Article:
• Jess Haviland

Stepping out of the Spotlight

Updated: Oct 18, 2021

“What do you want to be when you grow up?”

We’ve all fielded this question. Growing up, there’s a good chance you had teachers, coaches, mentors, friends, or family members setting out to help you meet your potential by defining goals and providing guidance. If you have been fortunate enough to realize a goal or “purpose,” you are often filled with pride, fulfillment, and joy. But what happens when the moment fades and you have to set a new objective?

Shifting the Athletic Identity Mindset

Being an Olympian is one of the greatest accomplishments an athlete can achieve. Countless hours are dedicated to training both physically and mentally, and sacrifices are par for the course. Naturally, this journey becomes a big part of the athlete’s identity and increases the pressure to succeed. Graham Betchart, sports psychologist for professional athletes and founder of Lucid, a mental training app, encourages his athletes to remember that, “the sport they’re playing is not who they are — it’s what they do.” Although not a simple fix, this mindset can help athletes who have crafted their identity around their sport to alleviate some pressure away from feelings of failure. It can also be the beginning of defining an identity outside of sport.

Now what… ?

Now that the 2021 Summer Olympics have ended, many athletes may be faced with a haunting emptiness: “Now what?” Some will continue to train if their season is still underway, while others will view the completion of the Games as the chance to begin new adventures. For those who are no longer competing, be it due to injury, retirement, etc., there can be a substantial loss of identity. This heaviness is often mentally difficult to navigate, and it can be tough to avoid putting all of your worth into something you have done for, essentially, your entire life. And it’s not exclusive to Olympic athletes.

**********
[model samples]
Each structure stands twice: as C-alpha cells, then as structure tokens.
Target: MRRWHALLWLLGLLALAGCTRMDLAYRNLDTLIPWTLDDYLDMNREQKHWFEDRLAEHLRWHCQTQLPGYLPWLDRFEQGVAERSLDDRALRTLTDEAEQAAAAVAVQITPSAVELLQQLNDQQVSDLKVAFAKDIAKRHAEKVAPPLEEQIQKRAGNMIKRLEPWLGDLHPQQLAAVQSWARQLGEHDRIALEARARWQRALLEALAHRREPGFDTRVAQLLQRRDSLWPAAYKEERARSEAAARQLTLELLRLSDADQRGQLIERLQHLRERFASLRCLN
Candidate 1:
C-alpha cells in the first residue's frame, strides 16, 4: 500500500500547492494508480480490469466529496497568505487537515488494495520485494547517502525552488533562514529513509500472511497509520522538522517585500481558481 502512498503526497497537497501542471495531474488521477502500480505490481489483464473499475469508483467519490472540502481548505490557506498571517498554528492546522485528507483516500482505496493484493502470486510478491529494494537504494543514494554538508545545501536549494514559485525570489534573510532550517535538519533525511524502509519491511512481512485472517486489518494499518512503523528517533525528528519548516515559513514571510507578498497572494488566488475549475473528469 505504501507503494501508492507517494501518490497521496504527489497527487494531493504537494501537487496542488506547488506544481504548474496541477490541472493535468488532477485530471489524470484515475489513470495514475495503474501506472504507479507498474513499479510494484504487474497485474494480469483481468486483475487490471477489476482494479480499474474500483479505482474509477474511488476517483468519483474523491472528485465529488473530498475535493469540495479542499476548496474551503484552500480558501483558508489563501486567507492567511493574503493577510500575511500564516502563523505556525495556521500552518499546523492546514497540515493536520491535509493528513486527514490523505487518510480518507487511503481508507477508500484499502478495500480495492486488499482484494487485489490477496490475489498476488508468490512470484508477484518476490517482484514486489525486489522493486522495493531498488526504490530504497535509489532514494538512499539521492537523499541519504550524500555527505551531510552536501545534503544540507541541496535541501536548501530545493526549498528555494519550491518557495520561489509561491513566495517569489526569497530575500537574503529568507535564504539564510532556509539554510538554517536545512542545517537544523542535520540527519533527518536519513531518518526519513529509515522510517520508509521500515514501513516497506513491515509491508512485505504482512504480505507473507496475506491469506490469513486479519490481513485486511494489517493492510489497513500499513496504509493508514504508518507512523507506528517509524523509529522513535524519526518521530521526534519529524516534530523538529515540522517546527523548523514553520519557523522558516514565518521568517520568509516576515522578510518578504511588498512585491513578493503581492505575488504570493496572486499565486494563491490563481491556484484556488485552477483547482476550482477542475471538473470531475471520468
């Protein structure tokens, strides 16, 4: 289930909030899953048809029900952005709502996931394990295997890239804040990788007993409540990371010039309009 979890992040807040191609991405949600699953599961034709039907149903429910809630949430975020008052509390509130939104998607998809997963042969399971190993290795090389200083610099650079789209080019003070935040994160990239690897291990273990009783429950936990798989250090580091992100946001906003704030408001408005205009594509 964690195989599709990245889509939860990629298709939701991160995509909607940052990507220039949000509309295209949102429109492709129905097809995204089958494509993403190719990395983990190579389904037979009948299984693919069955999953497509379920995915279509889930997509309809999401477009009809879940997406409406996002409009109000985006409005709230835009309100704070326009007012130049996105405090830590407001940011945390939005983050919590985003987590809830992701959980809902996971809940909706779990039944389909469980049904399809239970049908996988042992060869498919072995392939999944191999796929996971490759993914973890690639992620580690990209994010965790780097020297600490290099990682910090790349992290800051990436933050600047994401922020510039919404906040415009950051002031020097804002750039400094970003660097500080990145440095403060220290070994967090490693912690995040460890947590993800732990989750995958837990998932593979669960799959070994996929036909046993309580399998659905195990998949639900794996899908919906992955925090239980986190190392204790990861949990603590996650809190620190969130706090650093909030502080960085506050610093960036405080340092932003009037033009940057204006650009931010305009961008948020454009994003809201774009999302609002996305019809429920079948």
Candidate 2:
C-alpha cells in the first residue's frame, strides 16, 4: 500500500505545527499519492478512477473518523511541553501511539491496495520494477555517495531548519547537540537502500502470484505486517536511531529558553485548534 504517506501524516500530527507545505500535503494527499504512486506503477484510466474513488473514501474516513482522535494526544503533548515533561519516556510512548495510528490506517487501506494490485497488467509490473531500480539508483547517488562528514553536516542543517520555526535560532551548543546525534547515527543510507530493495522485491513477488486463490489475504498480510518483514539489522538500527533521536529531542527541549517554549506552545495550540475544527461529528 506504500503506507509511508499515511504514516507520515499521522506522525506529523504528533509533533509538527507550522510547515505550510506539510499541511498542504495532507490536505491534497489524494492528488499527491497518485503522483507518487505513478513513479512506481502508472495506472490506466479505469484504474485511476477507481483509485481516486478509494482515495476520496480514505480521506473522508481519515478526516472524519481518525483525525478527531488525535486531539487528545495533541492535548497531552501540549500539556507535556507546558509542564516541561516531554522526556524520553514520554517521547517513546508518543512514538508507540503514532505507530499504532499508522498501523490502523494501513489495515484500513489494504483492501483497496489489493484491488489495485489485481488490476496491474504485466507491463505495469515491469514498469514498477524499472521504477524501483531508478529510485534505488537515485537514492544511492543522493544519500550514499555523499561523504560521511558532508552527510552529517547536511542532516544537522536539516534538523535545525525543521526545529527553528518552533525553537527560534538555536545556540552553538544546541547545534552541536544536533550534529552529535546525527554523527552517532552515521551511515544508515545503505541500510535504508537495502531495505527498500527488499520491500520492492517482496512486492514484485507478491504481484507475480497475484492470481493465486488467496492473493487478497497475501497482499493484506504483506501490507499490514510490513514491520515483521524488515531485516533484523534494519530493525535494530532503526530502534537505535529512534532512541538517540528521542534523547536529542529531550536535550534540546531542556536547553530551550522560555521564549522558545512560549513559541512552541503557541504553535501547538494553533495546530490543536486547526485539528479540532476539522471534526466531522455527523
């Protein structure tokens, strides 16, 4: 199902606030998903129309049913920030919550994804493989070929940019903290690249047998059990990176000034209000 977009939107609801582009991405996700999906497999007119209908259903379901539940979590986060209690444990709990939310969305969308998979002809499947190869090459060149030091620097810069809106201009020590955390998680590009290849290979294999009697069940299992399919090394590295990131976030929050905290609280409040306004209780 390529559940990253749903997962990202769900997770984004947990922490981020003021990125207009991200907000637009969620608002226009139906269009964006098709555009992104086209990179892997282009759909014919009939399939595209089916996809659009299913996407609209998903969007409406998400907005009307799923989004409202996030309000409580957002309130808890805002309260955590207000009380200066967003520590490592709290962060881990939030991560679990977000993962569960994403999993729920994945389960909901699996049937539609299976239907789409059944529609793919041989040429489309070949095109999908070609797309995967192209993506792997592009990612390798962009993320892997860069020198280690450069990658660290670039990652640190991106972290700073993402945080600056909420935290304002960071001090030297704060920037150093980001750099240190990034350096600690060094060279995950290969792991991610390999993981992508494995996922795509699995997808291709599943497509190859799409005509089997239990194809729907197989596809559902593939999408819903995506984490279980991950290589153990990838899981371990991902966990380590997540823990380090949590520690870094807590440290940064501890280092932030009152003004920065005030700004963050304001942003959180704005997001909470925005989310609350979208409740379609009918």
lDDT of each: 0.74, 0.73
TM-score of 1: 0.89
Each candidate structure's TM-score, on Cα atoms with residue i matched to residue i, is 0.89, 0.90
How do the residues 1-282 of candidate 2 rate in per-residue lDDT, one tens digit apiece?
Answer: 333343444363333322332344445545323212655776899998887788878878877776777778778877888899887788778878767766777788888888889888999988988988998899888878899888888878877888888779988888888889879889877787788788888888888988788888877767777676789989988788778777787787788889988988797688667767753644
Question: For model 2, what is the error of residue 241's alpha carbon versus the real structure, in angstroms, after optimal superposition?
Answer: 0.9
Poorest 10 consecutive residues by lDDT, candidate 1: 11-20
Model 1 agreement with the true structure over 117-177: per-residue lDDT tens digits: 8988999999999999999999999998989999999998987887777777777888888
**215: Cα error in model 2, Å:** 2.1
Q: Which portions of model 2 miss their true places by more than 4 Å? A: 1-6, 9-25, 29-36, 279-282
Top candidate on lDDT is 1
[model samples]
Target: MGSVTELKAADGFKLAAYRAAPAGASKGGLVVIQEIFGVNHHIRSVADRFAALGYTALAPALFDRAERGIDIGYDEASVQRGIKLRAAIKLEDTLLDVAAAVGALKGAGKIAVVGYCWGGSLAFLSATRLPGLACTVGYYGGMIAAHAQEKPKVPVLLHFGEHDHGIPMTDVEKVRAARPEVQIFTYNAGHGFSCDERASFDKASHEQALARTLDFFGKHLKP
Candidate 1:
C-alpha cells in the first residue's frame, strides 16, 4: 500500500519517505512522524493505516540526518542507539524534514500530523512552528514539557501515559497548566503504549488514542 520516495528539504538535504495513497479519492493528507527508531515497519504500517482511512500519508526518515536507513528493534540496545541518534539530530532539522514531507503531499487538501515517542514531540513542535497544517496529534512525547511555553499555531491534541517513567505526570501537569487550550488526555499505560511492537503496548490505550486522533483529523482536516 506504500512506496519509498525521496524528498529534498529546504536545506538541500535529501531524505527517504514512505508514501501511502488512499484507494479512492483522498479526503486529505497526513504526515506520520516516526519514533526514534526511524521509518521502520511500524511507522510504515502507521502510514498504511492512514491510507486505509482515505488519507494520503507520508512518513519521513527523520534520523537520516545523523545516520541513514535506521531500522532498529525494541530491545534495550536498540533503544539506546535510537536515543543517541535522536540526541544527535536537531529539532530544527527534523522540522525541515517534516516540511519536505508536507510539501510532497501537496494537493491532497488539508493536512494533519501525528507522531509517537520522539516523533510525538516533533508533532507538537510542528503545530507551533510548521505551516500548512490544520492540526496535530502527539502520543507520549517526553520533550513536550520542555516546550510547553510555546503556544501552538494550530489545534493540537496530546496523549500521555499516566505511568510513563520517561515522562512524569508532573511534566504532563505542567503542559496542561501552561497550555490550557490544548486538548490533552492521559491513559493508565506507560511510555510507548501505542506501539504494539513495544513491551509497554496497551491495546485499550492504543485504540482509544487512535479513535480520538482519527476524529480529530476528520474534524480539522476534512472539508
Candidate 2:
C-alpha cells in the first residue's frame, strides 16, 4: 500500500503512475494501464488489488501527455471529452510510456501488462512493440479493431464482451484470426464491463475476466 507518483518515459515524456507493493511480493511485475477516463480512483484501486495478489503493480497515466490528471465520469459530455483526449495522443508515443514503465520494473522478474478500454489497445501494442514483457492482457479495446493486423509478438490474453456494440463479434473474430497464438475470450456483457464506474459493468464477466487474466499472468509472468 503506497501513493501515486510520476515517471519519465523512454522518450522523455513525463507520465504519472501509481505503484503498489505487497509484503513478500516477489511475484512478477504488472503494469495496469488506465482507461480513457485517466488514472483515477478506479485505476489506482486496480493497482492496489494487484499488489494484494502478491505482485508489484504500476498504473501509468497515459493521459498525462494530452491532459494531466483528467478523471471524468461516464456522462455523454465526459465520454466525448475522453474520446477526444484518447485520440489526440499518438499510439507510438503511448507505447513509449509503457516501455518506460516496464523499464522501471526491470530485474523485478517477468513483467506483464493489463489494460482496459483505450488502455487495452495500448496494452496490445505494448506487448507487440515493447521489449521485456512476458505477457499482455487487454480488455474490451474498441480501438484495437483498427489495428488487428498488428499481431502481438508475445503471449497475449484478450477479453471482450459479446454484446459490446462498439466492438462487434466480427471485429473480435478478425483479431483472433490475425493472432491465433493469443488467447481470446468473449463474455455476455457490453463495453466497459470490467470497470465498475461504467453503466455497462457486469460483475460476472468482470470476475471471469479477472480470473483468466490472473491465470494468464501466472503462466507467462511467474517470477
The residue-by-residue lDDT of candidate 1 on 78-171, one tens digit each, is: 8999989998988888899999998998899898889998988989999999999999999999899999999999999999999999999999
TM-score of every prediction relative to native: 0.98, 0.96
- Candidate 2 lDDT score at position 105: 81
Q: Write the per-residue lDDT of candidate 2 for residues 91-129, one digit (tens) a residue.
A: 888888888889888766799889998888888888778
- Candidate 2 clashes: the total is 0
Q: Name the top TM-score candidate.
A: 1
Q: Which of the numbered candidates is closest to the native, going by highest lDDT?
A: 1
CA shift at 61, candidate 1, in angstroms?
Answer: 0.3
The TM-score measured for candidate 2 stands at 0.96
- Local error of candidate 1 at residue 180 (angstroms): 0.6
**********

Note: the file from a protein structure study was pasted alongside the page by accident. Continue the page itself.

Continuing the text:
The Next Step

So, how do you overcome this loss of identity? While there’s no one-size-fits-all solution, there are some ways to alleviate the uncertainties of the transition. Unraveling what really makes your sport feel like your only identity. For instance, Anne Martin, former Team USA Olympic Rower ’88, illustrates certain athlete characteristics that can be used in other forms of life like having a competitive edge and willingness to learn and receive feedback. These traits, among others, make up who you are, outside of being an athlete. This is just one example athletes can use to dive deeper into their search for a new identity to include (not replace) their old one. The key is to gain self-awareness and realize you are more than just an athlete and are not limited to those accomplishments. Walking away with that knowledge will be the greatest accomplishment you can achieve.




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